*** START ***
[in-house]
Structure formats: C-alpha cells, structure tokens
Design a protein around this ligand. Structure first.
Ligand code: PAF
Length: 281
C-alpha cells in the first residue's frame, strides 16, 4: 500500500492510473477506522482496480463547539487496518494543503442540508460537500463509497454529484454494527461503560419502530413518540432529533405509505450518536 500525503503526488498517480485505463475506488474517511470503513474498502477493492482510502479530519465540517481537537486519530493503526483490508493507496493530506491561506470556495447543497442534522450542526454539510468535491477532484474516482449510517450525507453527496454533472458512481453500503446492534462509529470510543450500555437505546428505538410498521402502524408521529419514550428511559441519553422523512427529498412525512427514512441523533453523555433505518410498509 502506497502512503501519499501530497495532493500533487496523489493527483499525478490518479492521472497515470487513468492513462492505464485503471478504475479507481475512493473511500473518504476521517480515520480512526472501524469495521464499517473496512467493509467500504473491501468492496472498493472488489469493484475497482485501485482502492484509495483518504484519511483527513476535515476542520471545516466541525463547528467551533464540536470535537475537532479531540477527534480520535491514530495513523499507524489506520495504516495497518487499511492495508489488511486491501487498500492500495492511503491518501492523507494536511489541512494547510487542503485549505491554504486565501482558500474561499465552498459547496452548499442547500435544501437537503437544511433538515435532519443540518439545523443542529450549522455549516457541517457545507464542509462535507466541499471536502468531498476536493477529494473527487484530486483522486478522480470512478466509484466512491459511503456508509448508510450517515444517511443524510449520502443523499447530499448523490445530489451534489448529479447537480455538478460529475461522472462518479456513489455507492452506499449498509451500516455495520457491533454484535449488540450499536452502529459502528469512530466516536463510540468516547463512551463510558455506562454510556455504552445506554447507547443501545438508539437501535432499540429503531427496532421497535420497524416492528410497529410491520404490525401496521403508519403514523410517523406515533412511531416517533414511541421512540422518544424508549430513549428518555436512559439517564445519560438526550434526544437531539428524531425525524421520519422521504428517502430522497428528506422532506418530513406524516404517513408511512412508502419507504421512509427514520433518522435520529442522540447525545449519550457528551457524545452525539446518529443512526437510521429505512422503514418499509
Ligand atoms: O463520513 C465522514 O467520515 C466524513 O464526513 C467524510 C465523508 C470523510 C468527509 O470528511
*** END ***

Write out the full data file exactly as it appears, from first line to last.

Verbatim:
[in-house]
Structure formats: C-alpha cells, structure tokens
Design a protein around this ligand. Structure first.
Ligand code: PAF
Length: 281
C-alpha cells in the first residue's frame, strides 16, 4: 500500500492510473477506522482496480463547539487496518494543503442540508460537500463509497454529484454494527461503560419502530413518540432529533405509505450518536 500525503503526488498517480485505463475506488474517511470503513474498502477493492482510502479530519465540517481537537486519530493503526483490508493507496493530506491561506470556495447543497442534522450542526454539510468535491477532484474516482449510517450525507453527496454533472458512481453500503446492534462509529470510543450500555437505546428505538410498521402502524408521529419514550428511559441519553422523512427529498412525512427514512441523533453523555433505518410498509 502506497502512503501519499501530497495532493500533487496523489493527483499525478490518479492521472497515470487513468492513462492505464485503471478504475479507481475512493473511500473518504476521517480515520480512526472501524469495521464499517473496512467493509467500504473491501468492496472498493472488489469493484475497482485501485482502492484509495483518504484519511483527513476535515476542520471545516466541525463547528467551533464540536470535537475537532479531540477527534480520535491514530495513523499507524489506520495504516495497518487499511492495508489488511486491501487498500492500495492511503491518501492523507494536511489541512494547510487542503485549505491554504486565501482558500474561499465552498459547496452548499442547500435544501437537503437544511433538515435532519443540518439545523443542529450549522455549516457541517457545507464542509462535507466541499471536502468531498476536493477529494473527487484530486483522486478522480470512478466509484466512491459511503456508509448508510450517515444517511443524510449520502443523499447530499448523490445530489451534489448529479447537480455538478460529475461522472462518479456513489455507492452506499449498509451500516455495520457491533454484535449488540450499536452502529459502528469512530466516536463510540468516547463512551463510558455506562454510556455504552445506554447507547443501545438508539437501535432499540429503531427496532421497535420497524416492528410497529410491520404490525401496521403508519403514523410517523406515533412511531416517533414511541421512540422518544424508549430513549428518555436512559439517564445519560438526550434526544437531539428524531425525524421520519422521504428517502430522497428528506422532506418530513406524516404517513408511512412508502419507504421512509427514520433518522435520529442522540447525545449519550457528551457524545452525539446518529443512526437510521429505512422503514418499509
Ligand atoms: O463520513 C465522514 O467520515 C466524513 O464526513 C467524510 C465523508 C470523510 C468527509 O470528511